The Powers of the Office of the Public Protector and the South African Human Rights Commission: A Critical Analysis of SABC v DA and EFF v Speaker of the National Assembly 2016 3 SA 580 (CC)

Keywords: Public Protector, findings and remedial action, state capture, Chapter 9 institutions, South African Human Rights Commission

Abstract

This article assesses South African Broadcasting Corporation v Democratic Alliance 2016 2 SA 522 (SCA) and Economic Freedom Fighters v Speaker of the National Assembly 2016 3 SA 580 (CC) and to a lesser extent the state of capture judgments. All of these deal with whether the findings and remedial action of the Public Protector (PP) are binding in certain circumstances. The judgments significantly change the impact and effect of findings made by the Office of the Public Protector (OPP) and have important consequences and lessons for other Chapter 9 institutions. It is apparent from these judgments that there was a concerted attempt to undermine the OPP by systematically disrespecting and not implementing the remedial action. It is argued in the article that egregious violations by public officials contributed to the courts' rulings that the findings of the PP may be binding. The article also explicitly records the unlawful conduct of public officials and the resultant cost and consequence in the hope that conduct of this nature is not repeated. It also specifically notes that the major findings in the Nkandla, SABC and State of Capture reports have withstood judicial scrutiny. Regrettably, this exalted standard has not always been replicated in the reports of the present PP. Finally, the article submits, on the basis of these judgments that the findings of the South African Human Rights Commission should in certain circumstances be binding.

Author Biographies

Karthy Govender, South African Law Reform Commission

Commissioner of the South African Law Reform Commission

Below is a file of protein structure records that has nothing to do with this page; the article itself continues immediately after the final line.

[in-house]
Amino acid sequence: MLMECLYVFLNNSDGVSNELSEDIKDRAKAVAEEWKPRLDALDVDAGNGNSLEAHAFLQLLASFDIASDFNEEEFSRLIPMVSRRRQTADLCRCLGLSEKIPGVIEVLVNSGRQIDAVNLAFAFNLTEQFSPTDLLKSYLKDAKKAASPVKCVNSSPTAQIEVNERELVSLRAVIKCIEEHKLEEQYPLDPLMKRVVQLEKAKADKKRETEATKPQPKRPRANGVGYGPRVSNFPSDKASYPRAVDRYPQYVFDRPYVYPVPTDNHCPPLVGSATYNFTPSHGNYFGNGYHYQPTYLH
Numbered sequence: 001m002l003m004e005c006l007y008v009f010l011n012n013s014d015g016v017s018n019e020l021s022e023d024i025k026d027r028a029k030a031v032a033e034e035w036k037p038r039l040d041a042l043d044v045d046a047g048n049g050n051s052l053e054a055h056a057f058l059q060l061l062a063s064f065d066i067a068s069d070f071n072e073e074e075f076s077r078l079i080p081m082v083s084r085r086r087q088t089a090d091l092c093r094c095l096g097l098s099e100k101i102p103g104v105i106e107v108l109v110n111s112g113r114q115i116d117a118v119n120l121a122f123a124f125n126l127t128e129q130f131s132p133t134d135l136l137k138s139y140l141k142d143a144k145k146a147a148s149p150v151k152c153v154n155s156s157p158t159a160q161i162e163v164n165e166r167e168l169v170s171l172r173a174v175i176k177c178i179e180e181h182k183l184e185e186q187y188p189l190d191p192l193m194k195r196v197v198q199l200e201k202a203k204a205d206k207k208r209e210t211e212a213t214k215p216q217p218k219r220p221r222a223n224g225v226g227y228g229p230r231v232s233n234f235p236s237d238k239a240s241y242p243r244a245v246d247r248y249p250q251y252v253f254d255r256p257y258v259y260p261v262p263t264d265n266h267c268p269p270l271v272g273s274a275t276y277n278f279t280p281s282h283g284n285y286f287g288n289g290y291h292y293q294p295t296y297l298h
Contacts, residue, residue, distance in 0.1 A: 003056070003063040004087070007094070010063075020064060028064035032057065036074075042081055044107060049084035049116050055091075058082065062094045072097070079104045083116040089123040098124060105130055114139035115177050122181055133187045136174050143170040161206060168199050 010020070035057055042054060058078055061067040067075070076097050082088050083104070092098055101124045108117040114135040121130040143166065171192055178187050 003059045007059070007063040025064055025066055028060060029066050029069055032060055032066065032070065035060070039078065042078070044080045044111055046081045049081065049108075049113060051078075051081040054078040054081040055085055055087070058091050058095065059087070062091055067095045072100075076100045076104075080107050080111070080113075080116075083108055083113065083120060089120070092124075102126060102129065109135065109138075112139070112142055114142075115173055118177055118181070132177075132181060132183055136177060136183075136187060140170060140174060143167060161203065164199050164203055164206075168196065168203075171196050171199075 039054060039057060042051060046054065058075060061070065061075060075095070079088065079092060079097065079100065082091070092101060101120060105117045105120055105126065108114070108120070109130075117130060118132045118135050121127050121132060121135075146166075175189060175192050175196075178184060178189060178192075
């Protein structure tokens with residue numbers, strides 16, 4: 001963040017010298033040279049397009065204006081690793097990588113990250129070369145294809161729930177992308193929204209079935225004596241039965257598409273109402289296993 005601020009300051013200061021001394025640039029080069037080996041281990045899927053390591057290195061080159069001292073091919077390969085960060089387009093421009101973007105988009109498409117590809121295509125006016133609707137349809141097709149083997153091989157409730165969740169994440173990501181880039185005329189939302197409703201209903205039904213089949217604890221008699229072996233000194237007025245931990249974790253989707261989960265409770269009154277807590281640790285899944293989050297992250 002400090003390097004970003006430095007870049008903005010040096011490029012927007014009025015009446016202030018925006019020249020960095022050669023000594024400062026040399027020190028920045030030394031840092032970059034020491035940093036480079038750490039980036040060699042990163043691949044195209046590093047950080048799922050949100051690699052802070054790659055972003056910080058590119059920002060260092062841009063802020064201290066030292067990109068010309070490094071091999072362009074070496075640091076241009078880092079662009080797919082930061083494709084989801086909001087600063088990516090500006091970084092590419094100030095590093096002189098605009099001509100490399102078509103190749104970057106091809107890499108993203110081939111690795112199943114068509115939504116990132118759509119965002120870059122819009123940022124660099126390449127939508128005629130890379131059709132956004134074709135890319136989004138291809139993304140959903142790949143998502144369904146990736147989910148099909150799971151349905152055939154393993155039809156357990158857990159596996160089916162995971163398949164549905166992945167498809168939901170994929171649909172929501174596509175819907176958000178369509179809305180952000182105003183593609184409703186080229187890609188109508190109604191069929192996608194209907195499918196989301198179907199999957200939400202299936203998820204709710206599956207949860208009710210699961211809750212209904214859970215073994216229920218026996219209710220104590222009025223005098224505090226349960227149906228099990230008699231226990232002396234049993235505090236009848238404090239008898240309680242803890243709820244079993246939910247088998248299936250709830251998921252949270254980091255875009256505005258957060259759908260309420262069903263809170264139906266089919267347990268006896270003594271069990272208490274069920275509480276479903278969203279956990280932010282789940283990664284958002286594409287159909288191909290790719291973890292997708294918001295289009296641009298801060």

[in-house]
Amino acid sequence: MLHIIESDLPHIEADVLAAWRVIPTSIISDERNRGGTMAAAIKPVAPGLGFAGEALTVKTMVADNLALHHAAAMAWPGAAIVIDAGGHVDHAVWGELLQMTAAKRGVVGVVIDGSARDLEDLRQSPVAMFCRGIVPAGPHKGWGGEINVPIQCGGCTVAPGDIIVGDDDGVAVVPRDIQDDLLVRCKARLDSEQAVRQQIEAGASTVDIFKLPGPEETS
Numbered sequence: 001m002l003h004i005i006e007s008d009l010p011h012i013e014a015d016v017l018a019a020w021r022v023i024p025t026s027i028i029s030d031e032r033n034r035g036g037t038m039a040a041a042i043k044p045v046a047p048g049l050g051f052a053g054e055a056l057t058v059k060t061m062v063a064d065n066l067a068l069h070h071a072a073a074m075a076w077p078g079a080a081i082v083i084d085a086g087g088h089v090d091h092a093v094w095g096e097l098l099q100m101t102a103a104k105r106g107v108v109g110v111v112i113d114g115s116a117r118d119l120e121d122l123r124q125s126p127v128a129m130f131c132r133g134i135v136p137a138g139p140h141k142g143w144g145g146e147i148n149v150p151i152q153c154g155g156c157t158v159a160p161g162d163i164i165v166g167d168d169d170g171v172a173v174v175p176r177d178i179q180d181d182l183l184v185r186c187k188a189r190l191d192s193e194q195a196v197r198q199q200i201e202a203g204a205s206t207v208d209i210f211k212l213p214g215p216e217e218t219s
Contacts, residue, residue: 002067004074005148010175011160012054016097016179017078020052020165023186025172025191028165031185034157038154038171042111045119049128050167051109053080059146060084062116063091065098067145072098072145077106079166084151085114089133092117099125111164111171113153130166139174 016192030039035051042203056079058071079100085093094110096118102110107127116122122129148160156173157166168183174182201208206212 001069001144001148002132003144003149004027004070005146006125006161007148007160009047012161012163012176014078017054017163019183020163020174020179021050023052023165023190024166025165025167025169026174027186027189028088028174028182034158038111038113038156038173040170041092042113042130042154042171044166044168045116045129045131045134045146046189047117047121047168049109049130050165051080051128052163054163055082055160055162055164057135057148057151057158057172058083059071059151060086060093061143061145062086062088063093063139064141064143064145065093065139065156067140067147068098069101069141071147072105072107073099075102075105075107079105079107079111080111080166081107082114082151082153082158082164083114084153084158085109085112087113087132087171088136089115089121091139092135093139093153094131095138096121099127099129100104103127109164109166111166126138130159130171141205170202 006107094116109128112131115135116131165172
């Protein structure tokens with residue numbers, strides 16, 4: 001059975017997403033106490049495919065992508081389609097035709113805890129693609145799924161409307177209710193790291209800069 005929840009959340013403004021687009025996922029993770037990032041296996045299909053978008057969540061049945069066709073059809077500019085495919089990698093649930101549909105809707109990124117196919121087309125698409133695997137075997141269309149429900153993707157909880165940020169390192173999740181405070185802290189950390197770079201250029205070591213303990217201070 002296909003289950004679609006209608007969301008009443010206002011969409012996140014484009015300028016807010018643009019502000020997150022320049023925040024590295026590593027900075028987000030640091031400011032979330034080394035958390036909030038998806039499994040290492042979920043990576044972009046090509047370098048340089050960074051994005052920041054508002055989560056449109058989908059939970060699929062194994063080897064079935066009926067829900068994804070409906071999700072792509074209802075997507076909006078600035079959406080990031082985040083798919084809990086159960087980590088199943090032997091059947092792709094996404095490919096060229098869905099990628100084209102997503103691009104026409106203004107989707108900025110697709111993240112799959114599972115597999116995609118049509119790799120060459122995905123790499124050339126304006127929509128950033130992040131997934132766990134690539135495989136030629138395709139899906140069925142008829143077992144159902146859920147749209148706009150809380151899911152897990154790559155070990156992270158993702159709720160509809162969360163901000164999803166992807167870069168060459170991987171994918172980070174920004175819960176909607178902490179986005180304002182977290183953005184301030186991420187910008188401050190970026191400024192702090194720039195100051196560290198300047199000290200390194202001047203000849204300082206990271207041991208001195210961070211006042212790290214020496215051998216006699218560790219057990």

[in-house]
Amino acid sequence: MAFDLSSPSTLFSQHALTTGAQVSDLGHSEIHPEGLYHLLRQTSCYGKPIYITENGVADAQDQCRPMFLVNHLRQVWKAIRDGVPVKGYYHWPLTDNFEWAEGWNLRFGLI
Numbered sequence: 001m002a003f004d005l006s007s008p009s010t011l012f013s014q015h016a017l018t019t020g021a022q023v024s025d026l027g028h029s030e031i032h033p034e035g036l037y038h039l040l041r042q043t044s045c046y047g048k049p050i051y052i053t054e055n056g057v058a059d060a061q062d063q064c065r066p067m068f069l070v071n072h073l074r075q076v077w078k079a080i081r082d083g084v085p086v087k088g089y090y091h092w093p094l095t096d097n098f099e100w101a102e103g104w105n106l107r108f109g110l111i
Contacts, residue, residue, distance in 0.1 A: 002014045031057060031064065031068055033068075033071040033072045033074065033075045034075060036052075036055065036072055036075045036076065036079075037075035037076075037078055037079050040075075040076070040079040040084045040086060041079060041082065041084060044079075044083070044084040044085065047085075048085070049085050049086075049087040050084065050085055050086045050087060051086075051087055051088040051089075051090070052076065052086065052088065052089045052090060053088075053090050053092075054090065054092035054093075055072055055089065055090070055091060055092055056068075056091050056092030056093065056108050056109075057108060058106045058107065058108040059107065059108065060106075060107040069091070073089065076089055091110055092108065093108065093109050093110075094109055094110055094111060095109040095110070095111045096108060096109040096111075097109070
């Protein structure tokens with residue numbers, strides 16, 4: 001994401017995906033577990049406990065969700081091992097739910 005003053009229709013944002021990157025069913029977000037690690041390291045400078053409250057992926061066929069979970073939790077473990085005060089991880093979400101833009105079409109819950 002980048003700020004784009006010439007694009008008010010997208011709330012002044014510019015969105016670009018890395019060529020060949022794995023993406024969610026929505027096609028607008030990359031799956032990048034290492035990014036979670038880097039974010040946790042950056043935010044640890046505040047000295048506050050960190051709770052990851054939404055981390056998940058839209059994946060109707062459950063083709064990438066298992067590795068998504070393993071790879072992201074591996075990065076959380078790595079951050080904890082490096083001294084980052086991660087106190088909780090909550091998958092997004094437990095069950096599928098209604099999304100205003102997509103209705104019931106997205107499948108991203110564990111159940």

Paul Swanepoel, University of KwaZulu-Natal

There are two contributors:

Karthy Govender. LLB (London University) LLB (Natal University) LLM (Michigan University). Retired Professor, School of Law, Howard College, University of KwaZulu-Natal, Durban. Email: kgovender@ukzn.ac.za.

Paul Swanepoel. MA (Hons) (St Andrews University) LLB (Natal University) MSc PhD (Edinburgh University). Lecturer, School of Law, Howard College, University of KwaZulu-Natal, Durban.

References

BIBLIOGRAPHY

Literature

Govender K "Power and Constraints in the Constitution of the Republic of South Africa 1996" 2013 AHRLJ 82-102

Hoexter C Administrative Law in South Africa (Juta Cape Town 2012)

Klaaren C "Structures of Government in the 1996 South African Constitution: Putting Democracy Back into Human Rights" 1997 SAJHR 3- 27

Murray C "The Human Rights Commission et al: What is the Role of South Africa's Chapter 9 Institutions?" 2006 PELJ 1-26

Public Protector South Africa Report No 23 of 2013/2014 - "When Governance and Ethics Fail": A Report on an Investigation into Allegations of Maladministration, Systemic Corporate Governance Deficiencies, Abuse of Power and the Irregular Appointment of Mr Hlaudi Motsoeneng by the South African Broadcasting Corporation (SABC) (Office of the Public Protector Pretoria 2014)